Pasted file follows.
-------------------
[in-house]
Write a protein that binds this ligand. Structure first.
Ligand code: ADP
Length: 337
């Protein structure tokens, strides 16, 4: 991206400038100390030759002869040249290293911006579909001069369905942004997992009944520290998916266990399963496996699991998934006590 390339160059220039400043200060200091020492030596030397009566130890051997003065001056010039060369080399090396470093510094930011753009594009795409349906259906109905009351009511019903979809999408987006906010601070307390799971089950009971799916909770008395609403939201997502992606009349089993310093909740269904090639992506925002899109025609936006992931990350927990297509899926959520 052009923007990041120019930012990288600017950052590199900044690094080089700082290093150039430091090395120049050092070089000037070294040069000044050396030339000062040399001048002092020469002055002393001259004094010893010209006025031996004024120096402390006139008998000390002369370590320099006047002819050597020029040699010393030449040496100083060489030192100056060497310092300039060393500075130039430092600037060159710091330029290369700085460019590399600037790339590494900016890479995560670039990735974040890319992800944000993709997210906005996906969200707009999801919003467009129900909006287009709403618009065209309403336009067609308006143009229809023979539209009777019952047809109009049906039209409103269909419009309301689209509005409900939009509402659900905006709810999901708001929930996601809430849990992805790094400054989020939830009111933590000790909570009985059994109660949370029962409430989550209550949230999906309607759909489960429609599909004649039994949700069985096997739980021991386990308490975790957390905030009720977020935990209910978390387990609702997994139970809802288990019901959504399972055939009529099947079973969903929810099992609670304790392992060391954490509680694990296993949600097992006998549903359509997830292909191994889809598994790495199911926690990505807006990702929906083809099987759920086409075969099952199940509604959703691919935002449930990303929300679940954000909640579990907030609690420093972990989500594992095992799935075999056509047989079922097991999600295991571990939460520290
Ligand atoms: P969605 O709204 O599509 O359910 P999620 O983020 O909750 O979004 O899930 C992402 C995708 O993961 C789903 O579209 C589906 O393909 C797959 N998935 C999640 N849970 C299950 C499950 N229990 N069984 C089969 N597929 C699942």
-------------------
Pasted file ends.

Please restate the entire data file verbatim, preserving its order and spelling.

[in-house]
Write a protein that binds this ligand. Structure first.
Ligand code: ADP
Length: 337
């Protein structure tokens, strides 16, 4: 991206400038100390030759002869040249290293911006579909001069369905942004997992009944520290998916266990399963496996699991998934006590 390339160059220039400043200060200091020492030596030397009566130890051997003065001056010039060369080399090396470093510094930011753009594009795409349906259906109905009351009511019903979809999408987006906010601070307390799971089950009971799916909770008395609403939201997502992606009349089993310093909740269904090639992506925002899109025609936006992931990350927990297509899926959520 052009923007990041120019930012990288600017950052590199900044690094080089700082290093150039430091090395120049050092070089000037070294040069000044050396030339000062040399001048002092020469002055002393001259004094010893010209006025031996004024120096402390006139008998000390002369370590320099006047002819050597020029040699010393030449040496100083060489030192100056060497310092300039060393500075130039430092600037060159710091330029290369700085460019590399600037790339590494900016890479995560670039990735974040890319992800944000993709997210906005996906969200707009999801919003467009129900909006287009709403618009065209309403336009067609308006143009229809023979539209009777019952047809109009049906039209409103269909419009309301689209509005409900939009509402659900905006709810999901708001929930996601809430849990992805790094400054989020939830009111933590000790909570009985059994109660949370029962409430989550209550949230999906309607759909489960429609599909004649039994949700069985096997739980021991386990308490975790957390905030009720977020935990209910978390387990609702997994139970809802288990019901959504399972055939009529099947079973969903929810099992609670304790392992060391954490509680694990296993949600097992006998549903359509997830292909191994889809598994790495199911926690990505807006990702929906083809099987759920086409075969099952199940509604959703691919935002449930990303929300679940954000909640579990907030609690420093972990989500594992095992799935075999056509047989079922097991999600295991571990939460520290
Ligand atoms: P969605 O709204 O599509 O359910 P999620 O983020 O909750 O979004 O899930 C992402 C995708 O993961 C789903 O579209 C589906 O393909 C797959 N998935 C999640 N849970 C299950 C499950 N229990 N069984 C089969 N597929 C699942």